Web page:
I am sure you have heard the recent trend of fermenting foods. It has become an entirely new business. We can get these goods in almost all the stores nowadays.
Where I come from, our tradition is to eat fermented cabbage, known as sauerkraut, and fermented cucumbers, known as pickles. My mum used to make amazing sauerkraut salad with freshly grated apple and olive oil. Delicious!
However, fermenting has existed in most of the cultures for generations as it is one of the oldest methods of preserving food.
People thought of it in the times when there was no fridges and they used fermentation to let their foods last longer.
This process not only prolongs the use by date and enhances the taste of the food, but also has a lot of health benefits for our body.
By consuming produce containing live cultures, we absorb bacteria that helps us digest food. The same bacteria, while going through our system, produces a lot of protecting compounds, enriching our inner ecosystem, guarding us from the harmful pathogens and improving our digestion. It can help with conditions like constipation, diarrhea, reflux, intestinal inflammation, IBS and even vaginal infections.
Live cultures are also awesome to help build back our gut flora that gets destroyed by antibiotics or even by consumption of highly processed foods.
There is a direct link between the health of our digestive system, it’s functioning, and overall immunity of our body. By strengthening our gut we totally enhance our immunity. We get much stronger and are ready to fight different viruses and bacterias.
This is also a great way to have nutritious foods, fruits and veggies, on hand during the cold season when not much fresh produce is available.
Especially during that time of the year, remember to keep your body strong and immune to fight flus and other viruses.
Fermented vegetables like sauerkraut, pickles, kimchi and others are a great way of getting vitamins and nutrients into our body and at the same time improving the functioning of our guts.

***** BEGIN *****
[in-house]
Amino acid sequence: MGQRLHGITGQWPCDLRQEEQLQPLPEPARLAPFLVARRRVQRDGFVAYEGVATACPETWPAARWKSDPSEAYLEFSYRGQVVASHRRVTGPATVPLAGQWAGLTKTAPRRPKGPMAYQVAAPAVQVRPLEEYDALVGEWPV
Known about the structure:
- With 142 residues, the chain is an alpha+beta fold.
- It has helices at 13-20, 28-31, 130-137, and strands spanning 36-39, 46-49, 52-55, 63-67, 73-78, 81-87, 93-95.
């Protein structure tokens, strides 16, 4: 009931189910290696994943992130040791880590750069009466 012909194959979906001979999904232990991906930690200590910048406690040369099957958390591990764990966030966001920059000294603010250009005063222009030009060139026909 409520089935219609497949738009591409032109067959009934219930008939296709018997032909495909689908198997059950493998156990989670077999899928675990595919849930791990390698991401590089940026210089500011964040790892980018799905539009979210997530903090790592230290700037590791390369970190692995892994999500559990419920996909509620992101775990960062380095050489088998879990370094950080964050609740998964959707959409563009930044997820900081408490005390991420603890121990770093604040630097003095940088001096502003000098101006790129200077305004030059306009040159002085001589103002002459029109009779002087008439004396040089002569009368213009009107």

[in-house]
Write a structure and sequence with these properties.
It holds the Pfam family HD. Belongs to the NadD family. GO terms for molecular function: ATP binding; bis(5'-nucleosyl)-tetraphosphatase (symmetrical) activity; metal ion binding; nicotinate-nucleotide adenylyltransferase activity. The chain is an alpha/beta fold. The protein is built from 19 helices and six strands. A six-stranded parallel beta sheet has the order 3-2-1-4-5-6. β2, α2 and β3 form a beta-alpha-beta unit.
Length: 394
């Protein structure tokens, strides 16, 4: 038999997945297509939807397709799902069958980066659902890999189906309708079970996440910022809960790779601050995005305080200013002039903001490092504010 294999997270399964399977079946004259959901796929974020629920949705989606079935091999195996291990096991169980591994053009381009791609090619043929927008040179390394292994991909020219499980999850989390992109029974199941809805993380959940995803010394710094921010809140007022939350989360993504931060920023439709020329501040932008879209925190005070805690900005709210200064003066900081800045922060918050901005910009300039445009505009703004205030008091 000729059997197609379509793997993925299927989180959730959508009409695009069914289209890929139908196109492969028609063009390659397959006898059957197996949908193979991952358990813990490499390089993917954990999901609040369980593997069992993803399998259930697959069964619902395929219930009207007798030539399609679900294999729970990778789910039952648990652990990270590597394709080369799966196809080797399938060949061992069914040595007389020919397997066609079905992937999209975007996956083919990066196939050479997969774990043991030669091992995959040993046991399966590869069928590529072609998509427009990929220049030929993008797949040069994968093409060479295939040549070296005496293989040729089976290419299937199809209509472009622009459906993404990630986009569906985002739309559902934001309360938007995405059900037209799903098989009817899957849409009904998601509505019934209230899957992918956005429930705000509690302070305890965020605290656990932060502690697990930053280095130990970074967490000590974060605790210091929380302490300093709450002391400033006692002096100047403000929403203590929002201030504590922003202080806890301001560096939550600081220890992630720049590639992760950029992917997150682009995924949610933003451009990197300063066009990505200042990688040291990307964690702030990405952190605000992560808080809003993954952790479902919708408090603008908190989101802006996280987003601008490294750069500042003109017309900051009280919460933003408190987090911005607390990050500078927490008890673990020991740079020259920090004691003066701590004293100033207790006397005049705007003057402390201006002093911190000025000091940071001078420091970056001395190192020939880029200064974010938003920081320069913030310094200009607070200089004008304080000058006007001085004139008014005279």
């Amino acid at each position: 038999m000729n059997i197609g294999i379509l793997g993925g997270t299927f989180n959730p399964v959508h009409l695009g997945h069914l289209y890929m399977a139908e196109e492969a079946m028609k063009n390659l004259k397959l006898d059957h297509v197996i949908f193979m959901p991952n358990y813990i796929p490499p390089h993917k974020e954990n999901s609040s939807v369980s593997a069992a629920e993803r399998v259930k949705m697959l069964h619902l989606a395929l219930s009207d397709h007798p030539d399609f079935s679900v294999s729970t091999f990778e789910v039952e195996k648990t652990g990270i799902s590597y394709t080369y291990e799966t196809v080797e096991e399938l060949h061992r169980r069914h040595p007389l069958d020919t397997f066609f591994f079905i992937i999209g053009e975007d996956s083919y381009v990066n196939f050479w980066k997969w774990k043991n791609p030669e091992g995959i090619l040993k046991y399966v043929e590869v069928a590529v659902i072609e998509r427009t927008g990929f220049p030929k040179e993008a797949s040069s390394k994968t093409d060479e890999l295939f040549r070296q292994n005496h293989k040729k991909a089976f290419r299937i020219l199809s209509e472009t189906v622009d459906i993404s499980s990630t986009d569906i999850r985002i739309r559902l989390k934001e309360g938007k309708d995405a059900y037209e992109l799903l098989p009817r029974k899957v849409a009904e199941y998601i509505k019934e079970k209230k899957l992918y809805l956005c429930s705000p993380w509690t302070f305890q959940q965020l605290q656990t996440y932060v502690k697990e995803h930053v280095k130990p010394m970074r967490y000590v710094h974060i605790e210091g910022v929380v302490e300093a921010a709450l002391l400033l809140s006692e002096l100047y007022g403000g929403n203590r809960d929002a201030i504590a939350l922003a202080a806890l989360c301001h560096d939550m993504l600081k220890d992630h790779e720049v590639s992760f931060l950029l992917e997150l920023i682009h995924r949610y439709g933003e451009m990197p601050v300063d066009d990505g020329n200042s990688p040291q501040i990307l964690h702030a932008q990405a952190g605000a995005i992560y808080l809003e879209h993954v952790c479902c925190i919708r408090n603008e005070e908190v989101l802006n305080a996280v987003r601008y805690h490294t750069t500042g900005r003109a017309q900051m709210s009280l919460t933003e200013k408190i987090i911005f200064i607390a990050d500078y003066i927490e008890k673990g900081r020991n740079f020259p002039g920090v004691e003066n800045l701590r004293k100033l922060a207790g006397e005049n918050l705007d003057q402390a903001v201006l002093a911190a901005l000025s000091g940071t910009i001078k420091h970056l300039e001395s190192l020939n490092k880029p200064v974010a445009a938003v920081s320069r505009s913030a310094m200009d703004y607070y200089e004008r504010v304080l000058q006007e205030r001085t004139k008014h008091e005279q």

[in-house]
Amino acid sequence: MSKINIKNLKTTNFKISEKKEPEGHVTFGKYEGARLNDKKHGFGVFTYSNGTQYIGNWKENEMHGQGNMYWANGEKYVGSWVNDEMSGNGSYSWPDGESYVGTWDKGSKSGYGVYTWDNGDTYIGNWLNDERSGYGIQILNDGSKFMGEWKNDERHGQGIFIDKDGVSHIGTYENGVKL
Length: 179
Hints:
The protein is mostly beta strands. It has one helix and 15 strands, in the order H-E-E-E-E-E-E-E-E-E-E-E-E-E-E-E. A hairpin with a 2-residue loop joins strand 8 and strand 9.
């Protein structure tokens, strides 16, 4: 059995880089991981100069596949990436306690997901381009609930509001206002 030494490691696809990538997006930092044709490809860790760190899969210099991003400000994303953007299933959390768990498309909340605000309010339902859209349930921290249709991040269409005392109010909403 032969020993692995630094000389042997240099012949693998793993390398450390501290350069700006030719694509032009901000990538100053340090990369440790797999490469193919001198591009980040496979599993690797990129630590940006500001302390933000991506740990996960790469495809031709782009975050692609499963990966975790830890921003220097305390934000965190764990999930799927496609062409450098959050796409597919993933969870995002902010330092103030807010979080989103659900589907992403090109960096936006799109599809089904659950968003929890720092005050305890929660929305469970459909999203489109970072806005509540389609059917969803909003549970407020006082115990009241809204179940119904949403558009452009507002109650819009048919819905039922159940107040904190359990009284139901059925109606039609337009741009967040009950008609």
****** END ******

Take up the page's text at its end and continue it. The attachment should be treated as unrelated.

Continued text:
But fermented foods are not only veggies.
We can enrich our diet also with fermented grains, sourdough bread, yoghurts (made out of dairy but also for example coconut), tempe (fermented tofu), fermented drinks like kombucha and much much more.
Almost every culture has their staple fermented food.
I encourage you to experiment with a wide range of it.
Here is a super easy recipe for fermented Jerusalem artichoke. also known as topinambur, but you can use this method to ferment almost any vegetable: carrots, beets, onions, pumpkin, cucumbers, cauliflower, etc
FERMENTED JERUSALEM ARTICHOKE
around 1/2 kg of Jerusalem artichokes, washed well and sliced
(try to use eco products)
4 pieces of turmeric, chopped roughly
1 l of lukewarm water
3 tbsp of coarse sea salt
1l clean jar
- Pack Jerusalem artichokes and turmeric, firmly, into the jar
- Prepare brine by dissolving 3 tbsp of salt in 1l of lwater (if using fine salt use less)
- Pour brine over the vegetables. Let the water cover the veggies completely.
- Leave 2 cm between the top level of the brine and the top of the jar. You can use a weight to push the veggies down, if necessary (for example you can use baking weights or a smaller jar, filled with water)
- Close the lid and stand on your counter for 3-7 days, burp everyday (open to let the air out and close again)
- From day 3 onwards try the veggies daily and if you decide it is fermented enough to your taste transfer the jar to the fridge, it will slow down the fermentation
- Enjoy on salads, in bowls, on sandwiches etc